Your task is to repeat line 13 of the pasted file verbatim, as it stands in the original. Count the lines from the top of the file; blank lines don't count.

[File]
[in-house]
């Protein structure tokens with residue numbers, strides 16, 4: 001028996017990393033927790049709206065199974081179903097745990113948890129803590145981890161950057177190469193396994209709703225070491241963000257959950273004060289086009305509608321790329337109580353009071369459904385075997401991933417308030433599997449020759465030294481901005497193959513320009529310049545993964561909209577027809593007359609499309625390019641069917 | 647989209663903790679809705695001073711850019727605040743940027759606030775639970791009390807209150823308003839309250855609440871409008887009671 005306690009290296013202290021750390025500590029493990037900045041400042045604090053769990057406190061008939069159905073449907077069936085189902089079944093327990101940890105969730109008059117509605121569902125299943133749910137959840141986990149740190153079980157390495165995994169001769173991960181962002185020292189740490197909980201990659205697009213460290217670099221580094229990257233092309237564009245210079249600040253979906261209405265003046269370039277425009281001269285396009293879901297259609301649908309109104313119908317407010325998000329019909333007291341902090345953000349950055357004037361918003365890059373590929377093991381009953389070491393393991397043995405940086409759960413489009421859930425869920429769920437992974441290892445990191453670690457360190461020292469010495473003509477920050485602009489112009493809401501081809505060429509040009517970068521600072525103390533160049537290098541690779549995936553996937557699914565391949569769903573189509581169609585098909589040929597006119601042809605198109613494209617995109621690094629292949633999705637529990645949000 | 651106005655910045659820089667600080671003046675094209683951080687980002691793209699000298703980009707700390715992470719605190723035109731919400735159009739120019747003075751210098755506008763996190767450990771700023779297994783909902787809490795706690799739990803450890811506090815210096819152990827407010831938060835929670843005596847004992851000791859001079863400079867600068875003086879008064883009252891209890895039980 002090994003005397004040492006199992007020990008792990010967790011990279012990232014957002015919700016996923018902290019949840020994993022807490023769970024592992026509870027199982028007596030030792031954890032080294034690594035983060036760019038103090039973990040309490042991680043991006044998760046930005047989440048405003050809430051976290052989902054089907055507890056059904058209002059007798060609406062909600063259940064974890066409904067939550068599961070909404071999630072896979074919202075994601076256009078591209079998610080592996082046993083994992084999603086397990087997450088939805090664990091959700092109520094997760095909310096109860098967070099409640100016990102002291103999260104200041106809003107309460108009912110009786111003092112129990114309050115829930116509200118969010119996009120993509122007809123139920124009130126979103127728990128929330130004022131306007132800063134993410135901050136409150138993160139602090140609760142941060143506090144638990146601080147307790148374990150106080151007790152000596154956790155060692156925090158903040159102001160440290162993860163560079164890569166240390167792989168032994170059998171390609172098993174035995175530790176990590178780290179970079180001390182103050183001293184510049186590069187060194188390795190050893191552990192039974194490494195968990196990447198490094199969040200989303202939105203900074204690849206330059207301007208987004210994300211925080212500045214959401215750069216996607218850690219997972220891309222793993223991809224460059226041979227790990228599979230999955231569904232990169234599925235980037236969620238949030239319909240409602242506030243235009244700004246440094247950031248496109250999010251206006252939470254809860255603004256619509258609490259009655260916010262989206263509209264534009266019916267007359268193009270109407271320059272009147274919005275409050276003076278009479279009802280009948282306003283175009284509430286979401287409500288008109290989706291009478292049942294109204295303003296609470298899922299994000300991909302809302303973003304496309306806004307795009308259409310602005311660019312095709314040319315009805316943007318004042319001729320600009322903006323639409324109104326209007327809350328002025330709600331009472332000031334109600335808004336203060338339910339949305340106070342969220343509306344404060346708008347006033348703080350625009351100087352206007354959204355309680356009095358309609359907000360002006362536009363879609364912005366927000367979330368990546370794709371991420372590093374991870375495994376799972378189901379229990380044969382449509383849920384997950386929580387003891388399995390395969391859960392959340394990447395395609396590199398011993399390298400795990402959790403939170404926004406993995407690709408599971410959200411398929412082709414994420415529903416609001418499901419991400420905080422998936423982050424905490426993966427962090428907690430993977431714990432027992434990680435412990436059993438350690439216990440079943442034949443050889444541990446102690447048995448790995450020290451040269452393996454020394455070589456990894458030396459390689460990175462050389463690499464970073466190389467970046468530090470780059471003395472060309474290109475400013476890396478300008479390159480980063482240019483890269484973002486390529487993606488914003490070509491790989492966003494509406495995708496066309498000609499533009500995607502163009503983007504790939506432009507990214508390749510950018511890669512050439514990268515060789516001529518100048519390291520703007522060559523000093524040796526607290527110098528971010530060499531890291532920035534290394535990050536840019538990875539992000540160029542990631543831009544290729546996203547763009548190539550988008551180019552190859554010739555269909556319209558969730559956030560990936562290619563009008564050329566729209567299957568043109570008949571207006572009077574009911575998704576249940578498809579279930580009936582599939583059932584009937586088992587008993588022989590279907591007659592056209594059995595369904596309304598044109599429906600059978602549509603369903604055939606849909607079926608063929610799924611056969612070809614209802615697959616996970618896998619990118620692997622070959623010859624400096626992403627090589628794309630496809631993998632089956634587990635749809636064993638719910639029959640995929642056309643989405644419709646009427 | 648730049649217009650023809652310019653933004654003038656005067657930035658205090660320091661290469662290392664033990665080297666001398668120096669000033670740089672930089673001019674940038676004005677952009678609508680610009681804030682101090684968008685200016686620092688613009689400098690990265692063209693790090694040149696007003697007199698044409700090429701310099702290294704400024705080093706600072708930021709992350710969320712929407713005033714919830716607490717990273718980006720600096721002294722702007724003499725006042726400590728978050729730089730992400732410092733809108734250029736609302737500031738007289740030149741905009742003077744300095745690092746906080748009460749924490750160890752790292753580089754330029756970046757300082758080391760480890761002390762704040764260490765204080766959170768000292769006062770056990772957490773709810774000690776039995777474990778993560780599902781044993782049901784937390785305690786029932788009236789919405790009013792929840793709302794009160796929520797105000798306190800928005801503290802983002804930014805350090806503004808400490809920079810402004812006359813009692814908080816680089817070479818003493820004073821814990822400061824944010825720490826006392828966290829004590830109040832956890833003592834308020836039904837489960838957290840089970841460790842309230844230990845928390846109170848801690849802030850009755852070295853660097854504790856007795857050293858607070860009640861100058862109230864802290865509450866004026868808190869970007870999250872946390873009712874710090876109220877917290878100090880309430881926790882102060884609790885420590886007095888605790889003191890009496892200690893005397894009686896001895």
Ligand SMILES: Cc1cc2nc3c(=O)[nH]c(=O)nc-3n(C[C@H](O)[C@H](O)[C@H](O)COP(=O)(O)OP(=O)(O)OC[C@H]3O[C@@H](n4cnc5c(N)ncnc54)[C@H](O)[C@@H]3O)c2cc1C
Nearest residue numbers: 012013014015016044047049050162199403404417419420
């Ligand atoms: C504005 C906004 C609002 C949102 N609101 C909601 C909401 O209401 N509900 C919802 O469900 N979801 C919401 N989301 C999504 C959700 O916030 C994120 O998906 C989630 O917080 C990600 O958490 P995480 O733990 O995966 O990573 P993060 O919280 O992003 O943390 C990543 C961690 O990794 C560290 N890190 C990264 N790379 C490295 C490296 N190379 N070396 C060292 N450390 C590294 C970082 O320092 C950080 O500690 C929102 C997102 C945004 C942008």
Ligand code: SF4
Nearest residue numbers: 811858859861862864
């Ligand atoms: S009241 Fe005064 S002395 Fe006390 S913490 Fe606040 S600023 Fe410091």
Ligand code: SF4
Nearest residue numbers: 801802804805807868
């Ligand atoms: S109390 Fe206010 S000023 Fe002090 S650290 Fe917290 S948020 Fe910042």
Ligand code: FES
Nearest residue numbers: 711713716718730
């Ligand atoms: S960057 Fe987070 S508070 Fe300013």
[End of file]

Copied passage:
Nearest residue numbers: 711713716718730